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On 17 Nov 2011, at 16:27, accessys@smart.net wrote:

> 
> yes one and only one web site I have visited uses a similar system. it asks if fire is 1 hot or  2 cold    very simple question but it works so seamlessly that I had forgotten about it when I posted.
> 
> Bob
> 
> 
> On Thu, 17 Nov 2011, Ginger Claassen wrote:
> 
>> Date: Thu, 17 Nov 2011 17:12:38 +0100
>> From: Ginger Claassen <ginger.claassen@gmx.de>
>> To: accessys@smart.net
>> Cc: Denis Boudreau <dboudreau@accessibiliteweb.com>,
>>    wai-eo-editors <wai-eo-editors@w3.org>,
>>    WAI Interest Group <w3c-wai-ig@w3.org>
>> Subject: Re: Example of accessible CAPTCHAS that work well
>> Resent-Date: Thu, 17 Nov 2011 16:13:22 +0000
>> Resent-From: w3c-wai-ig@w3.org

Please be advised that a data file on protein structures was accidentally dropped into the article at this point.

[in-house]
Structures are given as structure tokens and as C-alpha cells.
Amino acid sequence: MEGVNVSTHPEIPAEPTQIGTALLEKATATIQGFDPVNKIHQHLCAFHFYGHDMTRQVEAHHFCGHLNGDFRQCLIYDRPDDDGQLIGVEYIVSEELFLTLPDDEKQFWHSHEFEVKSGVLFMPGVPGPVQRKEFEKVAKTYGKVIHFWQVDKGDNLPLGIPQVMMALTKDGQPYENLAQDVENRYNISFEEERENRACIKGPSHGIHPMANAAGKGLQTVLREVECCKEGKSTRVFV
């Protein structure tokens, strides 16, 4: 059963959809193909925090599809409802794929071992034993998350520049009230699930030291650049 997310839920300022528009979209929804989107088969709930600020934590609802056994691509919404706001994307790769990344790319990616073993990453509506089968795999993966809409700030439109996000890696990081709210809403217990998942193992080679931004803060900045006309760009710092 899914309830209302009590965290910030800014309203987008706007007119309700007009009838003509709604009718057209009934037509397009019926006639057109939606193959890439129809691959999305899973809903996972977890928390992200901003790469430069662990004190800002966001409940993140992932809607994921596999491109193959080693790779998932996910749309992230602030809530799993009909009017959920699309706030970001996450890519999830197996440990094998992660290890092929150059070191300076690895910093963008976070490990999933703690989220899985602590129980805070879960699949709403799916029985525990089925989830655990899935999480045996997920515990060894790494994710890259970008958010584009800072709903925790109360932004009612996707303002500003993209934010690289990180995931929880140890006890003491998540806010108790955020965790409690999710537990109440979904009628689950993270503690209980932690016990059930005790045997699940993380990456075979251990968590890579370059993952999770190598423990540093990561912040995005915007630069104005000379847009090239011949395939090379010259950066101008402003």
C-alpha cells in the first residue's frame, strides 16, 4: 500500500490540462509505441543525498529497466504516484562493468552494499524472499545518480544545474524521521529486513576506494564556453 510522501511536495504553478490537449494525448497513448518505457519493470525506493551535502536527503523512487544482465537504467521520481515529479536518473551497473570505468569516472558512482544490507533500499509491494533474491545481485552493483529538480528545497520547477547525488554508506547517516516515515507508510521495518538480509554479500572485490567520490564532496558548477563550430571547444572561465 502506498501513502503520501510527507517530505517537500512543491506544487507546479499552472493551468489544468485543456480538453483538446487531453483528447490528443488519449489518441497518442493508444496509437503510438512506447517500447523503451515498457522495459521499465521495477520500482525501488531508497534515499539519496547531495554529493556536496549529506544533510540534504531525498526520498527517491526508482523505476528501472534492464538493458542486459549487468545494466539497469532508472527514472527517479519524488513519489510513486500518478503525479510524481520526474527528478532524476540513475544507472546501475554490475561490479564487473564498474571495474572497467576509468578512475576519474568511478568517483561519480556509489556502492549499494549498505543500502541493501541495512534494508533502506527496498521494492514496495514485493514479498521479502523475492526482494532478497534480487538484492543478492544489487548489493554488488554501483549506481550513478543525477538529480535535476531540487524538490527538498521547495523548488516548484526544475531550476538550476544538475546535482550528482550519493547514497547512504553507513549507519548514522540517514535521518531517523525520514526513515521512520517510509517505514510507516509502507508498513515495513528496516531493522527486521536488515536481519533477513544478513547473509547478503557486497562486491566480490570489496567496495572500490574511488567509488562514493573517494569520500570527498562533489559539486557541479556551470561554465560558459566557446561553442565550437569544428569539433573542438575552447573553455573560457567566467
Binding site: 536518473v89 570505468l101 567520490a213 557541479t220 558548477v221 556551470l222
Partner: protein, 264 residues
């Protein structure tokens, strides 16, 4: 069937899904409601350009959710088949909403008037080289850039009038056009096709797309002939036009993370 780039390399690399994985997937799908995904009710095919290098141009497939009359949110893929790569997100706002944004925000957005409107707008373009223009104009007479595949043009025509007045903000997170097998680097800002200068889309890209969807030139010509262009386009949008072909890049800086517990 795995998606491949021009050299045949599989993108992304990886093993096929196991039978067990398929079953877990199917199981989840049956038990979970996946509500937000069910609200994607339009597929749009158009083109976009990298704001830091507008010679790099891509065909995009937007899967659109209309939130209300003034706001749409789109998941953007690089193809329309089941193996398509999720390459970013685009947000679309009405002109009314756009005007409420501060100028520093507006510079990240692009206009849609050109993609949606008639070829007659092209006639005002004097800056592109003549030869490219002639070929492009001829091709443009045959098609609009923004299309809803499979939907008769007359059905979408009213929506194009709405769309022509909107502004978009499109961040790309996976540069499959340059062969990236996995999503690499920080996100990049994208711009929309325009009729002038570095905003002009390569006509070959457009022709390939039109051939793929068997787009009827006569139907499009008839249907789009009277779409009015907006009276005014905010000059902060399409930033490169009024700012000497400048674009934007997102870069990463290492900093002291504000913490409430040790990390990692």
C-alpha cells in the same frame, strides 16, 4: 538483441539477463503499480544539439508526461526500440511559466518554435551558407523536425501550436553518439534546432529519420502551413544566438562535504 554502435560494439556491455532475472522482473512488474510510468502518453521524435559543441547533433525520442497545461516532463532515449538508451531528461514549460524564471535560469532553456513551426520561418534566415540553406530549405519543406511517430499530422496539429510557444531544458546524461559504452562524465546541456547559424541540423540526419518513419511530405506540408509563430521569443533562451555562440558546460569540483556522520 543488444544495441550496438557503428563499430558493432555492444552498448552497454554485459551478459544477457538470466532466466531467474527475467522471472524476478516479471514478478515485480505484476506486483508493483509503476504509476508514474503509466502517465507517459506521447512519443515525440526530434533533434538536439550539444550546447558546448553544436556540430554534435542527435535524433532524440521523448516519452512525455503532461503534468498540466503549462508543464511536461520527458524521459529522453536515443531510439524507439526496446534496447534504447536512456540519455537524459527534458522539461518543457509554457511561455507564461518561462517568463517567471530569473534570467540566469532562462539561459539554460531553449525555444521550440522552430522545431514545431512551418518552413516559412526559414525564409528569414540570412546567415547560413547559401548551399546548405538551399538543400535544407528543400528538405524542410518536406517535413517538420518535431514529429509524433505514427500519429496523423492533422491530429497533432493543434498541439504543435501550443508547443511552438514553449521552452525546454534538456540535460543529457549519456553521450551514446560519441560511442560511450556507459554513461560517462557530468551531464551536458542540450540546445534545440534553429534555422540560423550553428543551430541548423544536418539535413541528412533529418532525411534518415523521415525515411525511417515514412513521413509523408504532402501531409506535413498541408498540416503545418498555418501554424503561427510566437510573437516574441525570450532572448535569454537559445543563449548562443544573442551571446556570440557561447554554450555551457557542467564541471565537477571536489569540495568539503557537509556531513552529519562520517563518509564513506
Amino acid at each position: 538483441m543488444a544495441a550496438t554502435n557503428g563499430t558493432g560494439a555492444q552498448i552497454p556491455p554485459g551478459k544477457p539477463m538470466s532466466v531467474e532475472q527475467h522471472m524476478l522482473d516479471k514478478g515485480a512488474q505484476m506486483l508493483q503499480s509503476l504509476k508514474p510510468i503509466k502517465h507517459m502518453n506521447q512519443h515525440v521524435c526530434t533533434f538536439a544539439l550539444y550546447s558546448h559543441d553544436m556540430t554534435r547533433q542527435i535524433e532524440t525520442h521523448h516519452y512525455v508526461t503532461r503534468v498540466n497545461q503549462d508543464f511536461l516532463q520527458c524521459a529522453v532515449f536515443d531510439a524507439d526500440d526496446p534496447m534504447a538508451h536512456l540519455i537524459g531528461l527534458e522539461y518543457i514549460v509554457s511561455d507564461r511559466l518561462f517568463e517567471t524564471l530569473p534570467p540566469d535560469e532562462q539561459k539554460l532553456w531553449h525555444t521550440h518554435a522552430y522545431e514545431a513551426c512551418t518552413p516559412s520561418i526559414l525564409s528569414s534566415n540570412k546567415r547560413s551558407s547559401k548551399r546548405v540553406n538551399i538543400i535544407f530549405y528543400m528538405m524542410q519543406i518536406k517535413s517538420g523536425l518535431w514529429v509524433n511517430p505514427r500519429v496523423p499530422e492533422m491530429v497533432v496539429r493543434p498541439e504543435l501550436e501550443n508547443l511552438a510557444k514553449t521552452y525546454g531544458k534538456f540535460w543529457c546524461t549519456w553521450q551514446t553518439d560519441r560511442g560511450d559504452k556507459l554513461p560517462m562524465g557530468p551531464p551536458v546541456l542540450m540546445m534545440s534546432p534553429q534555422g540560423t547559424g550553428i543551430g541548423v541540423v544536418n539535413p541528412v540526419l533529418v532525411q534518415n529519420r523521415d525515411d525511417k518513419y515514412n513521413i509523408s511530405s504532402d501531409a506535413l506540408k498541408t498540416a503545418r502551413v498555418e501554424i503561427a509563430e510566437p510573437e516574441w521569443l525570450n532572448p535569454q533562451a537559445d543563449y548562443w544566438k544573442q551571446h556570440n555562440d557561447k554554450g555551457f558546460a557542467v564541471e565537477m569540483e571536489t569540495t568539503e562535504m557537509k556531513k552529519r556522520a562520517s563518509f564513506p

>> Dear all,
>> 
>> Regarding accessible CAPTCHAS I found a very few so far where one has to solve a very simple mathmatical question e.g. How much is 3 + 4?
>> In my opinion that is quite accessible or do I oversee something here?
>> 
>> Solong
>> 
>>    Ginger
>> 
>> 
>> On 17.11.2011 16:38, accessys@smart.net wrote:
>>> have to agree, I have yet to find a CAPTCHAS that I have not had trouble
>>> with. and the "accessible" workarounds that some "Claim" to be compliant
>>> are either so clunky or so complex as to be worthless..
>>> more than one site I have used and as soon as I run accross the Captchas
>>> I just close the site and go somewhere else. I understand the purpose of
>>> these things and apparently they are actually being used to help
>>> transcribe documents but they are far more trouble than they are worth.
>>> just my two pence
>>> Bob
>>> On Thu, 17 Nov 2011, Denis Boudreau wrote:
>>>> Date: Thu, 17 Nov 2011 09:53:45 -0500
>>>> From: Denis Boudreau <dboudreau@accessibiliteweb.com>
>>>> To: wai-eo-editors <wai-eo-editors@w3.org>,
>>>> WAI Interest Group <w3c-wai-ig@w3.org>
>>>> Subject: Re: Example of accessible CAPTCHAS that work well
>>>> Resent-Date: Thu, 17 Nov 2011 14:54:19 +0000
>>>> Resent-From: w3c-wai-ig@w3.org
>>>> Hi Phil,
>>>> Don't mean to start a thread here, but in my opinion, there is no such